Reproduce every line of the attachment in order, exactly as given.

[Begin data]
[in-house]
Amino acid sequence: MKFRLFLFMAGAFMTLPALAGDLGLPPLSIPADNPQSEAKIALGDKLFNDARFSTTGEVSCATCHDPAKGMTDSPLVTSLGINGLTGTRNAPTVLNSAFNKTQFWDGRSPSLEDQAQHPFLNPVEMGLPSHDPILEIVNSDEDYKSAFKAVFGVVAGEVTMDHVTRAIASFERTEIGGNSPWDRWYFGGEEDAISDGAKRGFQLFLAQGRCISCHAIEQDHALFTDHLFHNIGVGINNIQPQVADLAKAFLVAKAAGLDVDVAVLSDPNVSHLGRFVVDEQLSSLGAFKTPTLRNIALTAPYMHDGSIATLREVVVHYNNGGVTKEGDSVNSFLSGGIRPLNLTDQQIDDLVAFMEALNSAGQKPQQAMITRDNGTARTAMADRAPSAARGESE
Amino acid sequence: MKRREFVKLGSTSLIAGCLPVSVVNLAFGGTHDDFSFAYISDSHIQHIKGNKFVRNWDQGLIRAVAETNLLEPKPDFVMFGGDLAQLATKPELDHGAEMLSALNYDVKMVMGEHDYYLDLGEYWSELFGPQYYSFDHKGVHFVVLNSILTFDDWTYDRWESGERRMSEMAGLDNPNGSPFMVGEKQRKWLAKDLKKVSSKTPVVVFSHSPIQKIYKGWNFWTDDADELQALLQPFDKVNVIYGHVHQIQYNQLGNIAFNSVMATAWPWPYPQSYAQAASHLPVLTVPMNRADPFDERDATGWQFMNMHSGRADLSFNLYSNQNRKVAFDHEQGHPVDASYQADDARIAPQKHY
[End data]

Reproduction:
[in-house]
Amino acid sequence: MKFRLFLFMAGAFMTLPALAGDLGLPPLSIPADNPQSEAKIALGDKLFNDARFSTTGEVSCATCHDPAKGMTDSPLVTSLGINGLTGTRNAPTVLNSAFNKTQFWDGRSPSLEDQAQHPFLNPVEMGLPSHDPILEIVNSDEDYKSAFKAVFGVVAGEVTMDHVTRAIASFERTEIGGNSPWDRWYFGGEEDAISDGAKRGFQLFLAQGRCISCHAIEQDHALFTDHLFHNIGVGINNIQPQVADLAKAFLVAKAAGLDVDVAVLSDPNVSHLGRFVVDEQLSSLGAFKTPTLRNIALTAPYMHDGSIATLREVVVHYNNGGVTKEGDSVNSFLSGGIRPLNLTDQQIDDLVAFMEALNSAGQKPQQAMITRDNGTARTAMADRAPSAARGESE
Amino acid sequence: MKRREFVKLGSTSLIAGCLPVSVVNLAFGGTHDDFSFAYISDSHIQHIKGNKFVRNWDQGLIRAVAETNLLEPKPDFVMFGGDLAQLATKPELDHGAEMLSALNYDVKMVMGEHDYYLDLGEYWSELFGPQYYSFDHKGVHFVVLNSILTFDDWTYDRWESGERRMSEMAGLDNPNGSPFMVGEKQRKWLAKDLKKVSSKTPVVVFSHSPIQKIYKGWNFWTDDADELQALLQPFDKVNVIYGHVHQIQYNQLGNIAFNSVMATAWPWPYPQSYAQAASHLPVLTVPMNRADPFDERDATGWQFMNMHSGRADLSFNLYSNQNRKVAFDHEQGHPVDASYQADDARIAPQKHY